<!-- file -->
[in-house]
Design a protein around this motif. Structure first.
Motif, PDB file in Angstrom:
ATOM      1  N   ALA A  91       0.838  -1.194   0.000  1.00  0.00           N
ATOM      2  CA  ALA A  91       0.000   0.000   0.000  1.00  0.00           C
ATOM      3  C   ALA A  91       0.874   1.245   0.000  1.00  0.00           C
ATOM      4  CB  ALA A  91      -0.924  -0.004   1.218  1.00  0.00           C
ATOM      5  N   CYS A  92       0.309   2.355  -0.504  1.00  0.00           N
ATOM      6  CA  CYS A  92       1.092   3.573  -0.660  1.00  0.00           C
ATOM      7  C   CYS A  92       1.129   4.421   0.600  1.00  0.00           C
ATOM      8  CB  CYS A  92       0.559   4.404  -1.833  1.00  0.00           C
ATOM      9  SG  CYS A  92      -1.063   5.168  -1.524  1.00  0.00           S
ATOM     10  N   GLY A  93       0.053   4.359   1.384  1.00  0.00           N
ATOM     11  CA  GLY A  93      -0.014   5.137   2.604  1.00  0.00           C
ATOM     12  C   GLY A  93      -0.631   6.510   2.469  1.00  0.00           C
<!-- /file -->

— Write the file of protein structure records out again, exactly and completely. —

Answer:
[in-house]
Design a protein around this motif. Structure first.
Motif, PDB file in Angstrom:
ATOM      1  N   ALA A  91       0.838  -1.194   0.000  1.00  0.00           N
ATOM      2  CA  ALA A  91       0.000   0.000   0.000  1.00  0.00           C
ATOM      3  C   ALA A  91       0.874   1.245   0.000  1.00  0.00           C
ATOM      4  CB  ALA A  91      -0.924  -0.004   1.218  1.00  0.00           C
ATOM      5  N   CYS A  92       0.309   2.355  -0.504  1.00  0.00           N
ATOM      6  CA  CYS A  92       1.092   3.573  -0.660  1.00  0.00           C
ATOM      7  C   CYS A  92       1.129   4.421   0.600  1.00  0.00           C
ATOM      8  CB  CYS A  92       0.559   4.404  -1.833  1.00  0.00           C
ATOM      9  SG  CYS A  92      -1.063   5.168  -1.524  1.00  0.00           S
ATOM     10  N   GLY A  93       0.053   4.359   1.384  1.00  0.00           N
ATOM     11  CA  GLY A  93      -0.014   5.137   2.604  1.00  0.00           C
ATOM     12  C   GLY A  93      -0.631   6.510   2.469  1.00  0.00           C